# Convergent infinite series

• Apr 16th 2009, 12:18 PM
colgon
Convergent infinite series
Ok
So I have the problem of:
A definition of a convergent infinite series with the sum S is:
Given any small positive number (ε) it possible to find an integeer N so that |S-Sn|<ε for every n>N

Select some ε's and find the corresponding N's for the following series:
http://photos-c.ak.fbcdn.net/hphotos..._2275134_n.jpg

This is how far I got:

http://photos-e.ak.fbcdn.net/hphotos..._7498630_n.jpg

so http://photos-g.ak.fbcdn.net/hphotos..._5731128_n.jpg

Let ε=1/8

Then |S-Sn|<1/8 for some n>N
so |1-Sn|<1/8
sn will always be positive and less than S ie less than 1 so
1-Sn<1/8
Sn>7/8

Now I am stuck... am I doing this right? If so how do I find N?

Any help appreachated.

colgon
• Apr 16th 2009, 03:55 PM
boomlegboom
You want the difference between your sum (through some N) and the number the series converges to to be less than epsilon.

Let N=3, then your sum is 1 + (1/2) + (1/4) + (1/8) = 1.875

|1.875-2| = .125 = (1/8) (Noting that the series converges to 2)

So at N=3, the difference = epsilon. Therefore, for n > N, the difference will be less than epsilon=(1/8).

Now just pick some more epsilons and see how many terms it takes to get a difference less than it (your chosen epsilon that is!)

Hope that helps.
• Apr 16th 2009, 05:27 PM
colgon
thanks
Thank you,
I'll give it a go.

EDIT
ok looking at this I don't understand why the sum of the series converges to 2, I thought it was 1?

Also have you changed mod [sum of series - partial sum] with mod of [partial sum - mod of series]? EDIT ok its a mod it don't matter

Wait I see, you have 1 + (1/2) + (1/4) + (1/8) = 1.875
The sum is from n=1 so I think the first term in the series is 1/2 not 1?
• Apr 16th 2009, 06:17 PM
colgon
is this it?
ok I think i got it.

Assuming the sum of the series is 1 (as shown in original post, please explain to me if I am mistaken.

Then leading on from where the original post left off at Sn>7/8

We are looking for N to satify Sn>7/8 for some N where n>N

Using Sn=a(1-r^n)/(1-r)

0.875<0.5(1-0.5^n)/(1-0.5)
and
0.875<0.5(1-0.5^n)/0.5
and
0.875<1-0.5^n
and
-0.125<-0.5^n
and
0.125<0.5^n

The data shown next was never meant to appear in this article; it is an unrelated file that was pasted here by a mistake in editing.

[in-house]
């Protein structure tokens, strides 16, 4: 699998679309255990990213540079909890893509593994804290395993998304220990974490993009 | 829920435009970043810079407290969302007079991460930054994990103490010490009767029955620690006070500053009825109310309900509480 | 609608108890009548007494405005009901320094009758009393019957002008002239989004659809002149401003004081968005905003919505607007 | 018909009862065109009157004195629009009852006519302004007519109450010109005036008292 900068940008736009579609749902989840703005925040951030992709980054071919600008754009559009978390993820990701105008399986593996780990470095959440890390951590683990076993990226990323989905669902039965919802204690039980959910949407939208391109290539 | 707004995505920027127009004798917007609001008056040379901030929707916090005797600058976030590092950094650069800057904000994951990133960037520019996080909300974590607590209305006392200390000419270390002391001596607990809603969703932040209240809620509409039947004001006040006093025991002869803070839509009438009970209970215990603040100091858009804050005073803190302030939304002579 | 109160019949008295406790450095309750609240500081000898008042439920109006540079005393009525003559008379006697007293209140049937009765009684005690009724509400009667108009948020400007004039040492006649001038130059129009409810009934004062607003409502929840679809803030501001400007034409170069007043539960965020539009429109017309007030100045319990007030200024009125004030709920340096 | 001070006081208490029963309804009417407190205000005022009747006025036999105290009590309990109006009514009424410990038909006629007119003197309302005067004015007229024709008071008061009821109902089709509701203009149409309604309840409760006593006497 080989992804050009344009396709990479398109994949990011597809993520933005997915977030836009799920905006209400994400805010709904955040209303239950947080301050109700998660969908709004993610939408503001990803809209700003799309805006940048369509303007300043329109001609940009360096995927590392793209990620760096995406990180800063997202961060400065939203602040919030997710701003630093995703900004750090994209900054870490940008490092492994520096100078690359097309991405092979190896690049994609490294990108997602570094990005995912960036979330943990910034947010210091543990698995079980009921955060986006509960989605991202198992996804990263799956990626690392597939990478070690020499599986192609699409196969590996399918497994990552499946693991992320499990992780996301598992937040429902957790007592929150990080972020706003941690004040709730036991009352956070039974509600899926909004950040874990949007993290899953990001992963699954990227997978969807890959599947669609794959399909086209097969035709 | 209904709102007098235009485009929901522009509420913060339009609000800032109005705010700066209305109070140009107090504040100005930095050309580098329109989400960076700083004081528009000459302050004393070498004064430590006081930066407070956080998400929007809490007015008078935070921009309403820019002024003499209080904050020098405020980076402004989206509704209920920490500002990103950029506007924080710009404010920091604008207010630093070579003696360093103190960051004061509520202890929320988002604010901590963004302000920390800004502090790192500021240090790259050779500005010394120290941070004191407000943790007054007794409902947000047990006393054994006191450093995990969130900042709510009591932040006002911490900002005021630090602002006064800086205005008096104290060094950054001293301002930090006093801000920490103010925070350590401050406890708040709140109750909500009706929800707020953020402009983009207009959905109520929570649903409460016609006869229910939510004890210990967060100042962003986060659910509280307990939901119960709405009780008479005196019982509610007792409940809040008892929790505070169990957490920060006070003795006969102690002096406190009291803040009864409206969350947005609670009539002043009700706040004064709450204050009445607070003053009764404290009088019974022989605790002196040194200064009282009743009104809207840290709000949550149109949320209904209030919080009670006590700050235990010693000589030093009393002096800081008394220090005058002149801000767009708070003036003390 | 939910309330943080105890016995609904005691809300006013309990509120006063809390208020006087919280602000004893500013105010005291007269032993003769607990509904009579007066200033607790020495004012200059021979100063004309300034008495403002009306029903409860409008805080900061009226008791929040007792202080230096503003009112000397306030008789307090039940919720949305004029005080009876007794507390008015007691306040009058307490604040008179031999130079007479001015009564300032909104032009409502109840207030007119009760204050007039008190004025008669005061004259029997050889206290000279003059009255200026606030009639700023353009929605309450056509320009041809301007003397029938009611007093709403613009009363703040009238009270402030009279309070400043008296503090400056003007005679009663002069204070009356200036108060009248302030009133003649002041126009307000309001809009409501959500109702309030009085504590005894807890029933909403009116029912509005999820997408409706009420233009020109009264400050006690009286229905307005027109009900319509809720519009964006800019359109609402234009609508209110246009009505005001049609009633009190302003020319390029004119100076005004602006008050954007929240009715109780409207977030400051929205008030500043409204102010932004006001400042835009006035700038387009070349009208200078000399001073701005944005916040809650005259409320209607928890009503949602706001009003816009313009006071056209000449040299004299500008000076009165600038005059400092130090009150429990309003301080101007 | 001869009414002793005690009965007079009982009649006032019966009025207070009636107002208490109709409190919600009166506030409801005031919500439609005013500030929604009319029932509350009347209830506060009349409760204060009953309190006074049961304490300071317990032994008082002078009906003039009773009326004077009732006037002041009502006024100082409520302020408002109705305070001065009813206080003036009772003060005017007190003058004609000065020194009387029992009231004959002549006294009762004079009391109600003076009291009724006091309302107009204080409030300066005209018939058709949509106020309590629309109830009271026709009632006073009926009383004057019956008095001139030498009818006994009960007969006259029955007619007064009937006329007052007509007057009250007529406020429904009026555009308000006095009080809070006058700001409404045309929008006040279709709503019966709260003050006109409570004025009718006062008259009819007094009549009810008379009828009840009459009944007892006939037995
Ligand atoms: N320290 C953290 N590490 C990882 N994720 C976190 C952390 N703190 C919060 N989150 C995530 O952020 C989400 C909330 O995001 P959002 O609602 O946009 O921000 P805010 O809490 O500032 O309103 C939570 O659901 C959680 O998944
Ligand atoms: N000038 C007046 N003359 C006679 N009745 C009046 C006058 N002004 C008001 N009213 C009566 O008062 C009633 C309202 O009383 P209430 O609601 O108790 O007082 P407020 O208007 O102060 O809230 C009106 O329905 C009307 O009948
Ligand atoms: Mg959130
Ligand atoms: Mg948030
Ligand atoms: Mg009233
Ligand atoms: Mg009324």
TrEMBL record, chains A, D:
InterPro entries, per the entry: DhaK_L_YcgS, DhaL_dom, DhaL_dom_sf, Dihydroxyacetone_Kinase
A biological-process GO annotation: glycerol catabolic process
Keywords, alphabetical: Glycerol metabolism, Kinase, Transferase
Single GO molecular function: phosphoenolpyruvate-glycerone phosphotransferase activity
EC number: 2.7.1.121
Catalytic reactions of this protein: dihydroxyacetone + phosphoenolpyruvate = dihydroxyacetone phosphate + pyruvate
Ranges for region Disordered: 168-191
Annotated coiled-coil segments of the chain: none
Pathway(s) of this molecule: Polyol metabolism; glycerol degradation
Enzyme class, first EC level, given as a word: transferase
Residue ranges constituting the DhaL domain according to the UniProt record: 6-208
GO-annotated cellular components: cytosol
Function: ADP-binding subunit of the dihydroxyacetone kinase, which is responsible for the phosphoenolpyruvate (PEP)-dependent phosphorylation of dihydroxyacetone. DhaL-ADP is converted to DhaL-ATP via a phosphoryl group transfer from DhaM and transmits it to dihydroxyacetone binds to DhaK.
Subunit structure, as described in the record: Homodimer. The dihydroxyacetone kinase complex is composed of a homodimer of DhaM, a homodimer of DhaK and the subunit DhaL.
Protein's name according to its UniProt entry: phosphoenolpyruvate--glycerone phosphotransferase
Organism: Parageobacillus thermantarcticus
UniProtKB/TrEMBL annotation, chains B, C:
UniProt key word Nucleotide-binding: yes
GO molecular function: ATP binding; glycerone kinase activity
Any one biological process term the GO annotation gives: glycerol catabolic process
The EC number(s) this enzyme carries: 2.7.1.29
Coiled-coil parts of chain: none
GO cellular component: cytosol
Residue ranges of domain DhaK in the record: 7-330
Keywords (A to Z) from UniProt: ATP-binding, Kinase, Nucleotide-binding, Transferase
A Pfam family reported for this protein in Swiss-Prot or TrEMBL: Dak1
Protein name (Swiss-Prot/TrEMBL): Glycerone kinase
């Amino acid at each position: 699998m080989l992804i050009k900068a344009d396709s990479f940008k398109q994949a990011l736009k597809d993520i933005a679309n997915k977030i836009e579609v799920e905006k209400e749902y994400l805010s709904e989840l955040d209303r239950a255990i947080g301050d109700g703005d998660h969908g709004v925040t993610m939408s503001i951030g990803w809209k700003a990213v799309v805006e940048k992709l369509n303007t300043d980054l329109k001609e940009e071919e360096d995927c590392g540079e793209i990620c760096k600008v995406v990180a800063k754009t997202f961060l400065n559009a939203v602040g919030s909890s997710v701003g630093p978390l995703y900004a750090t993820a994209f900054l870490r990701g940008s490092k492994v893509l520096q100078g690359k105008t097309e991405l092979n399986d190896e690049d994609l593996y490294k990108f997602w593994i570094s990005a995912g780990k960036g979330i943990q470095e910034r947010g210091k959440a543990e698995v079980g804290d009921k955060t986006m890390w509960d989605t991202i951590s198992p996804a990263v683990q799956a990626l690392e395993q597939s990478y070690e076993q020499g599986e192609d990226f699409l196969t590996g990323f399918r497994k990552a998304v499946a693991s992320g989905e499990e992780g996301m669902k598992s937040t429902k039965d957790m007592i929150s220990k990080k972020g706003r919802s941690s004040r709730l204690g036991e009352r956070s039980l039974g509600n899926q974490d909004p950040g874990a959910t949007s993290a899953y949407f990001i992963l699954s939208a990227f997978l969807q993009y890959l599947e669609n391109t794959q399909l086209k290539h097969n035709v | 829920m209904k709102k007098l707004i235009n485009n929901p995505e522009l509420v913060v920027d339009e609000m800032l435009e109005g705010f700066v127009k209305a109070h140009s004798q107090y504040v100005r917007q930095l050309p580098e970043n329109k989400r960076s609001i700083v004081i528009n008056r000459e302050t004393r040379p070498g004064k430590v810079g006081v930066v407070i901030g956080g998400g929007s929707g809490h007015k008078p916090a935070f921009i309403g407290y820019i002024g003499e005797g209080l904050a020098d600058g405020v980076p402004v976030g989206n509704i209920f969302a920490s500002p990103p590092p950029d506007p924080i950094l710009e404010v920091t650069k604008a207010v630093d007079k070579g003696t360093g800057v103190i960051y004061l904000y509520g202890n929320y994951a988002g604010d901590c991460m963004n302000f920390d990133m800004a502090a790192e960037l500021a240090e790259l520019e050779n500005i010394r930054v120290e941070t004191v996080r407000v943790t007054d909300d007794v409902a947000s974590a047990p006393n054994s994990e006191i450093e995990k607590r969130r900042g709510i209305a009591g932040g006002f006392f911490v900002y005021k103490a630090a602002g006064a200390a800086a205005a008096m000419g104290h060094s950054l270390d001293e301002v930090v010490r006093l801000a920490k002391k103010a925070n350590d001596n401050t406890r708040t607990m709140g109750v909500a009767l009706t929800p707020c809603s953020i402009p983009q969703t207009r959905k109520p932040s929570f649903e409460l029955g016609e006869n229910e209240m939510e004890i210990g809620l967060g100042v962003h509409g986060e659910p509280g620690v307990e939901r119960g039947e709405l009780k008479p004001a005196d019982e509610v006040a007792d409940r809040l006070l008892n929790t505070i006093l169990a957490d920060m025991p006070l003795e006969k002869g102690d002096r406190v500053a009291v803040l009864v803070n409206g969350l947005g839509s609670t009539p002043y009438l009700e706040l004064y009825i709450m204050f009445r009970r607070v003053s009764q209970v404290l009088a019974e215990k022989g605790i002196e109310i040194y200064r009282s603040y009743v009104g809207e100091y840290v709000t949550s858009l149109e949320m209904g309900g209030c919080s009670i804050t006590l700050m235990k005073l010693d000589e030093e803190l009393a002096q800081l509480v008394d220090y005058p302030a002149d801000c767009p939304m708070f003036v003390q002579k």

and
ln0.125<nln0.5
and
(ln0.125)/ln0.5<n
and
3<n

So N=3

EDIT EDIT my inequality manipulation is wrong on this post as I have divided though by -1?

Also can anyone tell me if my mod and inequalitiy manipulation in the original post is correct????

Soz this is a mess... it must be late and time for bed, if you have managed to read though all this an you have any answers please let me know.
• Apr 16th 2009, 08:28 PM
boomlegboom
My mistake, didn't notice that the sum started at n=1..

Sn is the sum of the series up to the nth term, so

S1 = 1/2
S2 = 1/2 + 1/4 = .75
S3 = 1/2 + 1/4 + 1/8 = .875
...and so on.

The definition of convergence says that for any ε (so someone could pick it as small as they want to) there exists an N (integer: 1,2,3,..) such that for n>N |S-Sn|<ε. So if they said ε = 1, |S-S1|=|1 -1/2|=1/2<1=ε. So N=1, and for any n>1, |S-Sn|<ε is still true.

Now, say ε = 1/100. Your job (to prove convergence) is to find the n such that |1-Sn|<1/100.

Sn > 1-1/100 = 0.99

So, S7 = 1/2 + 1/4 + 1/8 + 1/16 + 1/32 + 1/64 + 1/128 = 0.9921875 > 0.99

Therefore, N>=7 satisfies |1-Sn|<1/100.

The question really just boils down to how many (N=?) terms of the series are necessary before the sum is within ε of S=1.
• Apr 16th 2009, 10:32 PM
matheagle
This is a geometric sum, so you can calculate the $\displaystyle n^{th}$ term, EVEN if the infinite series doesn't converge.

Let $\displaystyle S_n=\sum_{k=0}^n a^k$.

Then $\displaystyle S_n=1+\cdots +a^n$ and $\displaystyle {S_n-1\over a}+ a^n=S_n$ when a is not zero.

Thus $\displaystyle S_n(1-a)=1-a^{n+1}$, giving us $\displaystyle S_n={1-a^{n+1}\over 1-a}$.

NOW, if $\displaystyle -1<a<1$ the infinite series, which is the limit of the above series, converges to $\displaystyle {1\over 1-a}$.
• Apr 17th 2009, 04:47 AM
colgon
So i think i have it
LEt ε=1/100
So
|S-Sn|<1/100
⇒|1-Sn|<1/100
As 0<Sn<1 execpt at limit we can say
1-Sn<1/100
⇒-Sn<-99/100
⇒Sn>99/100

Now given Sn=a(1-r^n)/(1-r)

⇒0.5(1-0.5^n)/0.5>99/100
⇒1-0.5^n>99/100
⇒-0.5^n>-1/100
⇒0.5^n<1/100
⇒nln0.5<ln1/100
⇒n>(ln1/100)/ln0.5
⇒n>6.64...

If N ∈ ℤ
then to satisfy n>N

N=6

Correct??
• Apr 17th 2009, 05:34 AM
boomlegboom
Since n>6.64, the next greatest integer is 7, so that would be your N.
• Apr 17th 2009, 05:36 AM
colgon
n>=7
or
n>6 ?
• Apr 17th 2009, 08:17 AM
boomlegboom
the definition says for n>=N, so n>=7.